# What is better for a runner with superpowers, running in long bounding strides or continuous short strides?

A runner has superpowered legs, allowing him to run extremely fast (as in, each of his legs can "push" the ground very fast.) However, he has two different options for how he should run. Should he run in:

• long, bounding strides; or
• short dashing strides?

Why?

• @L.Dutch-ReinstateMonica : I think OP just wants to know which technique would be fastest, seems a fairly simple question really, there's nothing to suggest he wants to consider exhaustion & stamina with respect to long distance races. Dec 5 '19 at 7:50
• @Pelinore, the use case is vital to define what is best. The use case here is missing.
– L.Dutch
Dec 5 '19 at 7:51
• @L.Dutch-ReinstateMonica a sprinter's gait is optimised for speed and power. A marathon runner's gait is optimised for efficiency. If a superhuman could run a marathon at Bolt's speed, they'd use a sprinting gait to do so, because it demonstrably works at that speed which a marathon runner's gait would not. Dec 5 '19 at 9:01
• What has this to do with world building? Dec 5 '19 at 14:34
• @Slarty OP is asking help to refine a super power that exists in their world, seems pretty on topic to me Dec 5 '19 at 16:07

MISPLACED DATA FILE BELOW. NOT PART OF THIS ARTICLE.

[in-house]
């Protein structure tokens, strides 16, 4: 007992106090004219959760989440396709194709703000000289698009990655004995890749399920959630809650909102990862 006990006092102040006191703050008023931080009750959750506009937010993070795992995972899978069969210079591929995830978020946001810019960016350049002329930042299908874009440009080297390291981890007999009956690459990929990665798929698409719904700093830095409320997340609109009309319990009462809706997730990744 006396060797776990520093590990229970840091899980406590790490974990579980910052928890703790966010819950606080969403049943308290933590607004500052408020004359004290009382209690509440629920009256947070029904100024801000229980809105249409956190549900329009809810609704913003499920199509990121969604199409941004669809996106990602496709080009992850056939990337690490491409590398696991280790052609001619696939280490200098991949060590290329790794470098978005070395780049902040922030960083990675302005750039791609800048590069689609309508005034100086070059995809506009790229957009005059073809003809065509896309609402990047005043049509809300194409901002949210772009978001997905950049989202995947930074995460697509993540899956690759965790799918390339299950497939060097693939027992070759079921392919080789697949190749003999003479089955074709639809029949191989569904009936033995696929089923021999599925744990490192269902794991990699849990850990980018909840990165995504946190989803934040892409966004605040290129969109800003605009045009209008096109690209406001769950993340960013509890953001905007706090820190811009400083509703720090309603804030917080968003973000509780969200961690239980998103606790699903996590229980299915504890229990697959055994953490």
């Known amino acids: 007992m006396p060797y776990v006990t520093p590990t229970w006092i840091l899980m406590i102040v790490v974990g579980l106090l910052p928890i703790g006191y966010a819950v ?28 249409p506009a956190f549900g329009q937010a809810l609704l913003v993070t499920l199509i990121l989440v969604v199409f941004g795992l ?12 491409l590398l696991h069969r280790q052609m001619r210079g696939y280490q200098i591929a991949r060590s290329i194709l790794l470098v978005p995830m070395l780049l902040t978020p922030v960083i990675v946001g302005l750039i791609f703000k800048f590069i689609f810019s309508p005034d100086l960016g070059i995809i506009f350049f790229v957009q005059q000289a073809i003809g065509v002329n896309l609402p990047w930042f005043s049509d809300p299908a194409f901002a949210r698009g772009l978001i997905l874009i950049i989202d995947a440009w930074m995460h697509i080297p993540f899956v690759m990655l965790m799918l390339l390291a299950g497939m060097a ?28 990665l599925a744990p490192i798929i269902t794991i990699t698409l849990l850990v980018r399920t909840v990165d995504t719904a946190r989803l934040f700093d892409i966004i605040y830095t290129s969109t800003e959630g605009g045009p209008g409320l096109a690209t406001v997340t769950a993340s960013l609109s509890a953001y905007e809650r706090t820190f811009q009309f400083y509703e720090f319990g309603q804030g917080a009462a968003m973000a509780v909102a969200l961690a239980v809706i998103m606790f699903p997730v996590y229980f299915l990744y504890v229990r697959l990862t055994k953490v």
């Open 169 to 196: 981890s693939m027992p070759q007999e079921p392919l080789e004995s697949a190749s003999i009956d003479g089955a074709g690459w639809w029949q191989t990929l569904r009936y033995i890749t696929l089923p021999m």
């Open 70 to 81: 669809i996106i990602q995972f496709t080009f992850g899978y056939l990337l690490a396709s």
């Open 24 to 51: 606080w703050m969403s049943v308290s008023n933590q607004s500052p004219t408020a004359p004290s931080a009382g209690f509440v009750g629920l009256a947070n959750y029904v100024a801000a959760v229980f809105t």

One factor the other answers havent hit on yet is the need to change direction.

If your hero needs to change direction often, not just run as fast as possible, then you will need short enough strides to allow you to be in contact with the ground at a sufficient interval to be able to change direction within acceptable time frames.

Consider if your feet only touch the ground once a second, then you would only be able to correct your direction in a chase once a second. Good luck catching someone who knows how to zig-zag.

Your runner will be subject to aerodynamic drag. The force of drag is basically this:

$$F_D\, =\, \tfrac12\, \rho\, v^2\, C_D\, A$$

Where $$\rho$$ is the density of air, $$v$$ is the speed of the runner, $$C_D$$ is their drag co-efficient and $$A$$ is their cross sectional area. If you double your speed, the force of drag will quadruple. When you push off against the floor with your feet, not all the force is going forwards, but some will also be going up. Sprinters are limited with how much forward force they can impart per stride without slipping, which is why they use spiked shoes for extra grip. To get double the speed, then, you'll need to more than quadruple the force your legs impart and you'll either end up springing much higher into the air (your "bounding gait", perhaps) or skidding on the ground. Firing yourself into the air is bad, because it will take time for you to come back down again (unless you have super-gravity-enhancing powers), time in which drag forces are continually acting to slow you down.

What you need to do then, is:

• Wear suitable shoes for super grip. Studs on grass (but you'll still be very limited on such soft surfaces), spikes for asphalt, grippy rubber shoes for hard, smooth surfaces. One shoe won't suit all purposes. You'll never catch a bad guy in a dune buggy racing over sand.